A Delphi survey carried out in August showed that experts agreed the vaccine provided sufficient protection, but they nevertheless remained neutral about recommending it for children, the report said.

In response to a question about how strongly they recommended COVID-19 vaccination for children and adolescents under 18, with a score of 1 indicating “strongly do not recommend” and 5 “strongly recommend,” the average answer was a neutral 3.3.

The average score was the same, 3.3, when the experts were asked if the expected benefits from COVID-19 vaccination were greater than the potential harms in the 12-17 age group in Korea. An answer of 5 meant the benefits were “far greater” and 1 meant the opposite.

When asked about the COVID-19 vaccine’s effectiveness in preventing infections in 12- to 17-year-olds and reducing their ability to transmit the virus to others, the experts were on the positive side of the scale at 4.39 and 4.03, respectively. When the experts were asked about safety, the score did not swing significantly to either side and stood at 3.27.

If they were to recommend vaccination for those aged 12 to 17, the highest proportion of respondents, or 34 percent, said the most signficant reason would be to allow students to attend in-person classes. This was followed by a near tie between personal protection from COVID-19 and protection of at-risk groups through herd immunity.

In a hypothetical scenario where they were to recommend against COVID-19 vaccination for ages 12 to 17, 59 percent replied that it would be due to the potential long-term side effects that are not yet known, while 15 percent cited the risks of inflammatory conditions affecting the heart and other known side effects as possible reasons.

About 19 percent said they would not recommend it because COVID-19 was not that dangerous for children. Other reasons included the urgency of giving older, vulnerable populations booster shots first.

The 43 experts who took part in the survey are from the government advisory committee on immunization practices, the Korean Society of Pediatric Infectious Diseases and the Korean Pediatric Society, or are otherwise recognized in the vaccine field.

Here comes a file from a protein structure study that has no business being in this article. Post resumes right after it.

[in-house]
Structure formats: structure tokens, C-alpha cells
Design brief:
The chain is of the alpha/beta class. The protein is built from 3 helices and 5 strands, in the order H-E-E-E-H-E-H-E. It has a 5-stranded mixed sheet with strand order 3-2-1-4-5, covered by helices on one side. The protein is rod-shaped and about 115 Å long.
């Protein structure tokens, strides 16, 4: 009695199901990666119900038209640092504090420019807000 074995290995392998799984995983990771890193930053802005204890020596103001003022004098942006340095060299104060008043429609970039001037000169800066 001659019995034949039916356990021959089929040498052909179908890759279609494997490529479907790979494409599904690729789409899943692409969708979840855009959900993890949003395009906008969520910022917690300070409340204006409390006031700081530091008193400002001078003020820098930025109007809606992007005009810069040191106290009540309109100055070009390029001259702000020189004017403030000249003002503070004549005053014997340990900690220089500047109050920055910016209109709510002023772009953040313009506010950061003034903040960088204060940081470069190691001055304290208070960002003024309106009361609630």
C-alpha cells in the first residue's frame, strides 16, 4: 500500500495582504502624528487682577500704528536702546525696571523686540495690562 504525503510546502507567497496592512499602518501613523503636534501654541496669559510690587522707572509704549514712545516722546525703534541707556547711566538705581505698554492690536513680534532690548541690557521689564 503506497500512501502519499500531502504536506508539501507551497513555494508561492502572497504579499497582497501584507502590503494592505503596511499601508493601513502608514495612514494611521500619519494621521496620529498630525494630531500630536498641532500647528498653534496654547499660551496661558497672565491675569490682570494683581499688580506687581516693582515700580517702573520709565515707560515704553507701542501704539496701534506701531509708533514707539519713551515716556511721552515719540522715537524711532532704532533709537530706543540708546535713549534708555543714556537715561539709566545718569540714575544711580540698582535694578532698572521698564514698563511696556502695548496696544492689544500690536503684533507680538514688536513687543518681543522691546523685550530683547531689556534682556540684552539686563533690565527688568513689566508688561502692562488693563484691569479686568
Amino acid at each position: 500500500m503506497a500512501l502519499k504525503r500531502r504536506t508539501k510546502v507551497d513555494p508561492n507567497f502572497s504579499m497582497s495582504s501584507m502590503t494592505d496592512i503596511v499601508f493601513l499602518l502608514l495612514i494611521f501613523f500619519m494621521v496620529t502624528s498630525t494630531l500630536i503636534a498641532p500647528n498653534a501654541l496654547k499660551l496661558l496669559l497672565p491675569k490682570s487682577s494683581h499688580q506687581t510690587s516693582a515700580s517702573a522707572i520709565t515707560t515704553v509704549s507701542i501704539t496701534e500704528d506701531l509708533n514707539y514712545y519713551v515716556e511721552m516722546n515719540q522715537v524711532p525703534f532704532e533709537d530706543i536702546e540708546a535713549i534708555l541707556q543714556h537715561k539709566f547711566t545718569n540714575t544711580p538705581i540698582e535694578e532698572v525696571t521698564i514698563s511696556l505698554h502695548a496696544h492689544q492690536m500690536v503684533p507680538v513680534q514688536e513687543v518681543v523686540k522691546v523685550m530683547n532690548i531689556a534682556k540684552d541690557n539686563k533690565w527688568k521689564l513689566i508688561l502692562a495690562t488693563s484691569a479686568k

Dr. Jung Jae-hun, a preventive medicine professor at Gachon University, said for children and adolescents, the risk-to-benefit ratio was “not as clear as it is for adults.” Jung carried out risk-benefit evaluations of COVID-19 vaccination for different age groups for the government.

“No child or teen has died from COVID-19 in Korea, nor from a vaccine so far. The comparison that can be drawn is in hospitalizations, especially intensive care admissions,” he said.

The youngest people to have received COVID-19 vaccinations in Korea are some 869,500 high school seniors taking national college entrance exams, at least five of whom were admitted to intensive care with vaccine-induced heart inflammation, according to the latest update issued Wednesday.

Jung added that for minors, unlike adults, the only vaccine available is Pfizer’s and the absence of an alternative was factored into the equation.

“That’s the level of recommendation that can be given at the moment -- it is recommended, but no one is saying all children should get it,” he said. “The vaccine is believed to be beneficial for children overall, but for them its benefits do not far surpass the potential risks.”

By Kim Arin (arin@heraldcorp.com)